It's official: Lance Armstrong is retiring from professional cycling, ending a comeback attempt that began in 2008, three years after he initially quit the sport. Armstrong, a testicular cancer survivor, became an international hero by overcoming his health problems to win a record seven consecutive Tour De France titles from 1999 to 2005. Through it all, Armstrong was dogged by accusations that he relied on performance-enhancing drugs. A glut of circumstantial evidence has surfaced linking Armstrong to banned substances, and he is now the subject of a federal grand jury investigation. What is his lasting legacy? (Watch a report about Armstrong's retirement)

He is a hero and a villain: "There is no easy summation" of Armstrong's career, says Philip Hersh at the Chicago Tribune. He was "one part champion and hero" and "one part seemingly a false idol, stooping to the ethical common denominator" of scandal-plagued cycling. His rivals have described him as egotistical and unfriendly, but he was also "unfailingly empathetic to the cancer survivors" who found new hope in him.
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He resurrected cycling: There may be "ample evidence to question the purity of Armstrong's seven consecutive Tour victories," says Craig Davis at the South Florida Sun-Sentinel, but nobody was more fun to follow. Even during last year's mediocre Tour de France, Armstrong "remained a riveting figure" who inspired a "train-wreck fascination." Without him, cycling "will never be as watched or watchable."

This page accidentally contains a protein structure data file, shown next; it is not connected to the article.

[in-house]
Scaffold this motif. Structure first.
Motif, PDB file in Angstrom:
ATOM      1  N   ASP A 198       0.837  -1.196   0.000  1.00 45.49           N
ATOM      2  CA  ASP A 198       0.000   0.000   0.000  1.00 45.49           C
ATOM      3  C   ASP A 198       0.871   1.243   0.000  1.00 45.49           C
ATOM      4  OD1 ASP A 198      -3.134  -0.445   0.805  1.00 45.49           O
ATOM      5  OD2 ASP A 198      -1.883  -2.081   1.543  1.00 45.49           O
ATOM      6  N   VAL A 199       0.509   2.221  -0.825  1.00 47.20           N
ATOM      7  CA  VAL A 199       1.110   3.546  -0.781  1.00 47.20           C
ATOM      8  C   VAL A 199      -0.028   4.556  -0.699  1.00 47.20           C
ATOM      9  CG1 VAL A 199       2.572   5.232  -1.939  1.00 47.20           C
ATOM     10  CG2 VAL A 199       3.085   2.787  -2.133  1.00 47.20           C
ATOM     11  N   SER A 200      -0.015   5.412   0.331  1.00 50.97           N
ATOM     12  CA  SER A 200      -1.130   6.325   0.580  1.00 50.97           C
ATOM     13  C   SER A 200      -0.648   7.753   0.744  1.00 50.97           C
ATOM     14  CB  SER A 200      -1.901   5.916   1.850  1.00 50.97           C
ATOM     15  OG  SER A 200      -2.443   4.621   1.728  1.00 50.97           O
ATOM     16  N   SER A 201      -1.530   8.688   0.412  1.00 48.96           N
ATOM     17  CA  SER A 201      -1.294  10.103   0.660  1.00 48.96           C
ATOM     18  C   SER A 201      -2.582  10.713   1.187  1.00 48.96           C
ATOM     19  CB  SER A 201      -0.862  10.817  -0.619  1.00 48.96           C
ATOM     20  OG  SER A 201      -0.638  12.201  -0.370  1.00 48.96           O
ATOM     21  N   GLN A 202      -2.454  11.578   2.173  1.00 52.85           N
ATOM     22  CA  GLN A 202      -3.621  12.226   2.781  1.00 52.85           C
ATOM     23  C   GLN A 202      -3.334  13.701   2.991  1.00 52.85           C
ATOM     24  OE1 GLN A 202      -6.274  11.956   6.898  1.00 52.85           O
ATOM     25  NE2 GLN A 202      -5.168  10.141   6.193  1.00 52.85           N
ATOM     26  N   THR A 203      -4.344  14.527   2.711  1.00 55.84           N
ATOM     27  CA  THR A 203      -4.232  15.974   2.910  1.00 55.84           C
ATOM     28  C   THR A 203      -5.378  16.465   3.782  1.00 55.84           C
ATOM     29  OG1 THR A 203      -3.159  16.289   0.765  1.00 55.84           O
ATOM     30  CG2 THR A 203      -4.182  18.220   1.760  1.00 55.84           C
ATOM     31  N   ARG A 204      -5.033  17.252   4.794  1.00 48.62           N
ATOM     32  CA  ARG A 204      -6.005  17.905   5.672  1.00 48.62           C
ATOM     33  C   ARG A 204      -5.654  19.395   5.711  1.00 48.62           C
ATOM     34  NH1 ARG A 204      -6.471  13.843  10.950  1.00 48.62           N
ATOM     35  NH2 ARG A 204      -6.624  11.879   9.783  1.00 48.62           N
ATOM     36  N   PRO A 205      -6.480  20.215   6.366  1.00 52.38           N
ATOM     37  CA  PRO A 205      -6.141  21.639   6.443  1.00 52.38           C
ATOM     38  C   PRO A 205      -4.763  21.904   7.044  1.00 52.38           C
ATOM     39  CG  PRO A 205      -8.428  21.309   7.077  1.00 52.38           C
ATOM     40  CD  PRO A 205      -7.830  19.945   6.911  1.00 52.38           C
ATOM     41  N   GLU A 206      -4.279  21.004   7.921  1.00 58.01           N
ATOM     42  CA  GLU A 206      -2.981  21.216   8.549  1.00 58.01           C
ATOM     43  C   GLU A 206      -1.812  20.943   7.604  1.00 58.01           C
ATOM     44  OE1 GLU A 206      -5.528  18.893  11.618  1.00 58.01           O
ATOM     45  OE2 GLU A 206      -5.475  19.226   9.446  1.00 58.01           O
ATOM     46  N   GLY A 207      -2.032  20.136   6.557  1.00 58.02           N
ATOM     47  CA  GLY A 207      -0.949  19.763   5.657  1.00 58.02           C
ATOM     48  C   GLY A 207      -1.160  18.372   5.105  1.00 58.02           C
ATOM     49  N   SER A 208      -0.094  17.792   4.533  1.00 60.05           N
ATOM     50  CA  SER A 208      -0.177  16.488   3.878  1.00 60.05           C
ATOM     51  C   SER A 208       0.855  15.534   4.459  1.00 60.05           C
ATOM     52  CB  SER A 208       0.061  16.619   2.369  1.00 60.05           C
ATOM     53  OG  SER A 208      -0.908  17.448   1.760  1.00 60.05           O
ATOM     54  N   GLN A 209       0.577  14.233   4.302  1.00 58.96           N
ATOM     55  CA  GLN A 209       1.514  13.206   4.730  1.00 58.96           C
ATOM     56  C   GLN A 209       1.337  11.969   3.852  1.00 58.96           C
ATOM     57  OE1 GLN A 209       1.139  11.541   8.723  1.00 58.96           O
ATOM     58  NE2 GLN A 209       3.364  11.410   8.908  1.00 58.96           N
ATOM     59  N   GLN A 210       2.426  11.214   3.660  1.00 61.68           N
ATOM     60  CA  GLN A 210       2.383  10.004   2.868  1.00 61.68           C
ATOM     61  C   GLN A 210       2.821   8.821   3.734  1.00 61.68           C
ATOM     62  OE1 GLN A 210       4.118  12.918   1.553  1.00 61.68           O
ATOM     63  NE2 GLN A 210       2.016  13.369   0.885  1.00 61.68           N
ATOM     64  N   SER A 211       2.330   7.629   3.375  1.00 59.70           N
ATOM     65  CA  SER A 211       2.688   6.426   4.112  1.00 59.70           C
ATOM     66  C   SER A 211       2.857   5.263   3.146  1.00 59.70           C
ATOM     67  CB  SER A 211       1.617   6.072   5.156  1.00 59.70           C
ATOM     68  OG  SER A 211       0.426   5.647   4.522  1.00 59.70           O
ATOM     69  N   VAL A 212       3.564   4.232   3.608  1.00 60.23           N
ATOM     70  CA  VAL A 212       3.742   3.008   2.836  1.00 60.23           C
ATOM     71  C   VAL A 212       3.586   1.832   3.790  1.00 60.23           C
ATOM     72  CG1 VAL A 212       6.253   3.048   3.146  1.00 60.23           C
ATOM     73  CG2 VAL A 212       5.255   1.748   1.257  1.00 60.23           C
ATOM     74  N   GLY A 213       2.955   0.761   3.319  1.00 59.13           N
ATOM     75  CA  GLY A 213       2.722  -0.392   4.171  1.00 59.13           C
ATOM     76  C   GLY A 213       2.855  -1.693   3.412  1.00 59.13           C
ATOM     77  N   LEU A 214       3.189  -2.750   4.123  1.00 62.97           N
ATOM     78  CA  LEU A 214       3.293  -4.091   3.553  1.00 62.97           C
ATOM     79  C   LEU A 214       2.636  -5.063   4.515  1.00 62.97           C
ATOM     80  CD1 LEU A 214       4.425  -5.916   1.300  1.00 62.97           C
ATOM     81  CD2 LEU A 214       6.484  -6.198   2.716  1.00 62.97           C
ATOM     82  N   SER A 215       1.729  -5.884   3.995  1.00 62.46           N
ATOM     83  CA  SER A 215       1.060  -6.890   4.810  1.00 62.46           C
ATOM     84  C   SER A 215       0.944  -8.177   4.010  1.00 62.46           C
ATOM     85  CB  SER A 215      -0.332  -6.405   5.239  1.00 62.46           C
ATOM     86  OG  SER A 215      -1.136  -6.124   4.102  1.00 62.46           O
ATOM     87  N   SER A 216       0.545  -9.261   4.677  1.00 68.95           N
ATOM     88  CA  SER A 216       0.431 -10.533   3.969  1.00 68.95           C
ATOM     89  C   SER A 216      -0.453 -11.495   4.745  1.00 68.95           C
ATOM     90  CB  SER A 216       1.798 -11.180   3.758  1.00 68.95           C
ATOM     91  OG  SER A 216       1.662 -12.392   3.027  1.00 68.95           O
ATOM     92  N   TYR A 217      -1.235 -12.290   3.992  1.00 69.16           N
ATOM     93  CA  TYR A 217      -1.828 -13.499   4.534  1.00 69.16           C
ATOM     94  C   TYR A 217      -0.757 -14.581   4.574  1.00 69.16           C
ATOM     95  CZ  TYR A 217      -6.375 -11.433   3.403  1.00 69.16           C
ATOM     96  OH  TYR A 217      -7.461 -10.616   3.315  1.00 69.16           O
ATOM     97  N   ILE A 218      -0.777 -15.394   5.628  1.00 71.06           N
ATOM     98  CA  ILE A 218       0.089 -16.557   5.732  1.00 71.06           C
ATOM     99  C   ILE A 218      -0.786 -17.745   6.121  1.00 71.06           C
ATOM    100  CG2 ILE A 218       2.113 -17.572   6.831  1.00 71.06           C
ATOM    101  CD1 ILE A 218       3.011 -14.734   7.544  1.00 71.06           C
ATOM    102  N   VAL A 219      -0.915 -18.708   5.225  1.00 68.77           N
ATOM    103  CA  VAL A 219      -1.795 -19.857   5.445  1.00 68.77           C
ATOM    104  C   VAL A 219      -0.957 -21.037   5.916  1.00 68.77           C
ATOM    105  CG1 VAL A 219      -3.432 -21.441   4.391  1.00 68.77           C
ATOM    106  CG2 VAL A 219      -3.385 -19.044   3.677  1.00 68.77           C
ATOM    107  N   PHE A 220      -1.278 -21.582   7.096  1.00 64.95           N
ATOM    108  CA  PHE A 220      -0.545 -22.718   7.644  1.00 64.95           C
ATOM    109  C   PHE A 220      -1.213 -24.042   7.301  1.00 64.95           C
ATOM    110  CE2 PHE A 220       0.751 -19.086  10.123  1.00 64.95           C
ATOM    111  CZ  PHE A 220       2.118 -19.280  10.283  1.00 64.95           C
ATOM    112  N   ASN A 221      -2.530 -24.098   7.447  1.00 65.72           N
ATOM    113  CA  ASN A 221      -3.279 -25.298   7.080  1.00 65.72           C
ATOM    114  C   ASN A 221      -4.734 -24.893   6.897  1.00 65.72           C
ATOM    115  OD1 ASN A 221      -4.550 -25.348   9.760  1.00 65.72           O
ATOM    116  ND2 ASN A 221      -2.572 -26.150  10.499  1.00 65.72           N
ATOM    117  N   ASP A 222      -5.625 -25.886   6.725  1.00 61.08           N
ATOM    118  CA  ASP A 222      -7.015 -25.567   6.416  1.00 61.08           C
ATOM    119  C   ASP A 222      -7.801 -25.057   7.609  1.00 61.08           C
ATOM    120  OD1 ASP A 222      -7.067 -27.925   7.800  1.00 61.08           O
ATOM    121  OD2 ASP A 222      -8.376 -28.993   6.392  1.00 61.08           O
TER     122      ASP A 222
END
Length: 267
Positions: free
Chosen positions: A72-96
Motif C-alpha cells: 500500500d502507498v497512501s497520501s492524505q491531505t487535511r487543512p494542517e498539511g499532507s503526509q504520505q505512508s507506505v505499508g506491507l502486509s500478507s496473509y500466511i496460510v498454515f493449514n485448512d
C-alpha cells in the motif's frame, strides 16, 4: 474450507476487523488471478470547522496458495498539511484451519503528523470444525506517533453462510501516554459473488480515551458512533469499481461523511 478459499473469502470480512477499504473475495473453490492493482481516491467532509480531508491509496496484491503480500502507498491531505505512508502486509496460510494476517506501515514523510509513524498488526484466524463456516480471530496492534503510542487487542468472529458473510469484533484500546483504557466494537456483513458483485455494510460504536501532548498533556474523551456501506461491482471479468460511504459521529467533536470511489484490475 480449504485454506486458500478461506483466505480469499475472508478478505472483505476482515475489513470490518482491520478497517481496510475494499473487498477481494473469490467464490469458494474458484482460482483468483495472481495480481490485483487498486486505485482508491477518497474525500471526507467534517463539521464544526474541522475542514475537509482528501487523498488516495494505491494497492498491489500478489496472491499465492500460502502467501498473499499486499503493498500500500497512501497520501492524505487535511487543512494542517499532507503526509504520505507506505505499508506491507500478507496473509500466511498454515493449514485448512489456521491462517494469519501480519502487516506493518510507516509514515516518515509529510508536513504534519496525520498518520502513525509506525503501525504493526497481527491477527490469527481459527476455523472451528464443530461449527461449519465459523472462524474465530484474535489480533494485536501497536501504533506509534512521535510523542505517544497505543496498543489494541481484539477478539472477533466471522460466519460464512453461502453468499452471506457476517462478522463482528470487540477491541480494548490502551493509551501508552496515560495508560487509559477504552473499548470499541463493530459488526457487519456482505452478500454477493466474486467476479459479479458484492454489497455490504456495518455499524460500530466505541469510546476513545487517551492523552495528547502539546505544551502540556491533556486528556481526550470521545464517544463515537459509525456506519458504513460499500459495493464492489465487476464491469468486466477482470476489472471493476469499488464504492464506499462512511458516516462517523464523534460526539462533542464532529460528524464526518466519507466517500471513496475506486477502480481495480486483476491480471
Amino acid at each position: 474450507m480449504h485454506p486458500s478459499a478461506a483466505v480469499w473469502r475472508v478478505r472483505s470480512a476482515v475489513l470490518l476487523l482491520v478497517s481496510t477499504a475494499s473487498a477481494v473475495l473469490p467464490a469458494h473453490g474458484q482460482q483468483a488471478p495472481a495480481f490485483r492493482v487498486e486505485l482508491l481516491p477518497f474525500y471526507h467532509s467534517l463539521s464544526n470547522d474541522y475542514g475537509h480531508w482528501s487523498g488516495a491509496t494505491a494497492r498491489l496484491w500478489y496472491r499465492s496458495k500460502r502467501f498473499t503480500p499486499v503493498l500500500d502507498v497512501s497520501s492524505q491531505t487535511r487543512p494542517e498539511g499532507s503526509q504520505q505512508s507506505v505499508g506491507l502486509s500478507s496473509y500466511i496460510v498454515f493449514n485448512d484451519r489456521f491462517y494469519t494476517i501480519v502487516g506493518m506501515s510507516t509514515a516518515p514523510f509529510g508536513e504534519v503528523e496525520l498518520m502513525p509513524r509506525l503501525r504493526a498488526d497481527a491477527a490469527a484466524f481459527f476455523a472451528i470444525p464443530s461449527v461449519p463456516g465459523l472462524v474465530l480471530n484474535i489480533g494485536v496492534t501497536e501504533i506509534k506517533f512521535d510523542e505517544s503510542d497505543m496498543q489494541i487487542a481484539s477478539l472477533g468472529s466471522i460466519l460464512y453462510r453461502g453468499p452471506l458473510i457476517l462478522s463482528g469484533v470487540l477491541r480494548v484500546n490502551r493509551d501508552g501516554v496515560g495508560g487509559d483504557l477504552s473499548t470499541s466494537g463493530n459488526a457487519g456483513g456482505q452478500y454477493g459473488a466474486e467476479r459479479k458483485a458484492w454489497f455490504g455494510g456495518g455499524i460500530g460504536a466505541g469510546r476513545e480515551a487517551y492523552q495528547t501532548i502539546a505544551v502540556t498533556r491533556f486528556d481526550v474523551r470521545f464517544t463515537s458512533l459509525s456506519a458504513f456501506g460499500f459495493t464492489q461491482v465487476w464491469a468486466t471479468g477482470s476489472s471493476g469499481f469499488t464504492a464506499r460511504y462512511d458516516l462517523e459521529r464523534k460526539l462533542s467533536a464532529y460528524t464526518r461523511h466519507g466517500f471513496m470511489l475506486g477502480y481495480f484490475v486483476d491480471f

"Armstrong retires but final chapter is yet to be written on cycling great"

The alleged cheating is not everything: "Let's face it," says Andrew Sharp at SB Nation. "Lance probably took performance-enhancing drugs." But whatever he was ingesting, it's "reasonable to guess that his competition was taking the same." And let's not forget, "even if he cheated, he's still a cancer survivor who conquered the world after the world had written him off."
"Lance Armstrong says goodbye to cycling, and we all wonder how to feel"